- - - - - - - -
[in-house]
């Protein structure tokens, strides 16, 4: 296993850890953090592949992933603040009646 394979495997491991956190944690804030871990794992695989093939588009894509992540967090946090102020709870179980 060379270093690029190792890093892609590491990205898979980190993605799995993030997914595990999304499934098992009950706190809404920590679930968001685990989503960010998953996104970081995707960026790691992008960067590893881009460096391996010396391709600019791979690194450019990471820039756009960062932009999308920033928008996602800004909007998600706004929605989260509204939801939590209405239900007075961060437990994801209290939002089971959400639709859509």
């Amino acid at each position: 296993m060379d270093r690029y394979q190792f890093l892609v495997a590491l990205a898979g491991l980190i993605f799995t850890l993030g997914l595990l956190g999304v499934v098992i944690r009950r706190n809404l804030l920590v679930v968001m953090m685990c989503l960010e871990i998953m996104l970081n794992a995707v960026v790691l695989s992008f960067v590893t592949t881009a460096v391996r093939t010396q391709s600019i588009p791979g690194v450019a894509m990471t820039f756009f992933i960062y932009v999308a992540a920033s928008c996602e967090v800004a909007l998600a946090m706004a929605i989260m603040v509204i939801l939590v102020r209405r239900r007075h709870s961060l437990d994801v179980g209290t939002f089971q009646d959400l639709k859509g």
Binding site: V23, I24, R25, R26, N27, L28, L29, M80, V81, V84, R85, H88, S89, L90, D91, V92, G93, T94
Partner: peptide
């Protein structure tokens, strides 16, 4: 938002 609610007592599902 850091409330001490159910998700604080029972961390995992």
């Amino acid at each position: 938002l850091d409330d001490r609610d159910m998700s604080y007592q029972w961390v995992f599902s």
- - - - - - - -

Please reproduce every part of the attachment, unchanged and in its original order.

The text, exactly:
[in-house]
């Protein structure tokens, strides 16, 4: 296993850890953090592949992933603040009646 394979495997491991956190944690804030871990794992695989093939588009894509992540967090946090102020709870179980 060379270093690029190792890093892609590491990205898979980190993605799995993030997914595990999304499934098992009950706190809404920590679930968001685990989503960010998953996104970081995707960026790691992008960067590893881009460096391996010396391709600019791979690194450019990471820039756009960062932009999308920033928008996602800004909007998600706004929605989260509204939801939590209405239900007075961060437990994801209290939002089971959400639709859509």
């Amino acid at each position: 296993m060379d270093r690029y394979q190792f890093l892609v495997a590491l990205a898979g491991l980190i993605f799995t850890l993030g997914l595990l956190g999304v499934v098992i944690r009950r706190n809404l804030l920590v679930v968001m953090m685990c989503l960010e871990i998953m996104l970081n794992a995707v960026v790691l695989s992008f960067v590893t592949t881009a460096v391996r093939t010396q391709s600019i588009p791979g690194v450019a894509m990471t820039f756009f992933i960062y932009v999308a992540a920033s928008c996602e967090v800004a909007l998600a946090m706004a929605i989260m603040v509204i939801l939590v102020r209405r239900r007075h709870s961060l437990d994801v179980g209290t939002f089971q009646d959400l639709k859509g």
Binding site: V23, I24, R25, R26, N27, L28, L29, M80, V81, V84, R85, H88, S89, L90, D91, V92, G93, T94
Partner: peptide
């Protein structure tokens, strides 16, 4: 938002 609610007592599902 850091409330001490159910998700604080029972961390995992």
């Amino acid at each position: 938002l850091d409330d001490r609610d159910m998700s604080y007592q029972w961390v995992f599902s």